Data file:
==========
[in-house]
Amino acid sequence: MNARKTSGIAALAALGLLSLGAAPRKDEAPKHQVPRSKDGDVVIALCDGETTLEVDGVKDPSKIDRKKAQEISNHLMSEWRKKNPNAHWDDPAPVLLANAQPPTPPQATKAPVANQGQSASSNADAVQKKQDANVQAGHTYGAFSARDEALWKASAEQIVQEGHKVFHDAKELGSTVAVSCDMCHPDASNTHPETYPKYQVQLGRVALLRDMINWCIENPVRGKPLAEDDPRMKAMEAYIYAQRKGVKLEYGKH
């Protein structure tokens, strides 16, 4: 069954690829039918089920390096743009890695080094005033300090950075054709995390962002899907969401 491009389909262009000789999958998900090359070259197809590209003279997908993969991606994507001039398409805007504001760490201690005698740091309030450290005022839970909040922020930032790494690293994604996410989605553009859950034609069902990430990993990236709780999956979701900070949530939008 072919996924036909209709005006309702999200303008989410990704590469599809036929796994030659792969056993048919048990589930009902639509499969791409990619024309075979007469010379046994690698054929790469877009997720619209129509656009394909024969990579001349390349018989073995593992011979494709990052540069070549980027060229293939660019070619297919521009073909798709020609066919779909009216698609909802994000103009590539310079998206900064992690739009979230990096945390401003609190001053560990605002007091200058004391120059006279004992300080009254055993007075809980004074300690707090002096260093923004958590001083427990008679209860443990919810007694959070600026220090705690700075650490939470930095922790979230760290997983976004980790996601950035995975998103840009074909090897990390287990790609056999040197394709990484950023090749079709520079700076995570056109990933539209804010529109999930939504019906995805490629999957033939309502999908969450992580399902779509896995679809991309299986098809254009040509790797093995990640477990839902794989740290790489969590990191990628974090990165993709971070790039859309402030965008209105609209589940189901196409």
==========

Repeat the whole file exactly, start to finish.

[in-house]
Amino acid sequence: MNARKTSGIAALAALGLLSLGAAPRKDEAPKHQVPRSKDGDVVIALCDGETTLEVDGVKDPSKIDRKKAQEISNHLMSEWRKKNPNAHWDDPAPVLLANAQPPTPPQATKAPVANQGQSASSNADAVQKKQDANVQAGHTYGAFSARDEALWKASAEQIVQEGHKVFHDAKELGSTVAVSCDMCHPDASNTHPETYPKYQVQLGRVALLRDMINWCIENPVRGKPLAEDDPRMKAMEAYIYAQRKGVKLEYGKH
């Protein structure tokens, strides 16, 4: 069954690829039918089920390096743009890695080094005033300090950075054709995390962002899907969401 491009389909262009000789999958998900090359070259197809590209003279997908993969991606994507001039398409805007504001760490201690005698740091309030450290005022839970909040922020930032790494690293994604996410989605553009859950034609069902990430990993990236709780999956979701900070949530939008 072919996924036909209709005006309702999200303008989410990704590469599809036929796994030659792969056993048919048990589930009902639509499969791409990619024309075979007469010379046994690698054929790469877009997720619209129509656009394909024969990579001349390349018989073995593992011979494709990052540069070549980027060229293939660019070619297919521009073909798709020609066919779909009216698609909802994000103009590539310079998206900064992690739009979230990096945390401003609190001053560990605002007091200058004391120059006279004992300080009254055993007075809980004074300690707090002096260093923004958590001083427990008679209860443990919810007694959070600026220090705690700075650490939470930095922790979230760290997983976004980790996601950035995975998103840009074909090897990390287990790609056999040197394709990484950023090749079709520079700076995570056109990933539209804010529109999930939504019906995805490629999957033939309502999908969450992580399902779509896995679809991309299986098809254009040509790797093995990640477990839902794989740290790489969590990191990628974090990165993709971070790039859309402030965008209105609209589940189901196409």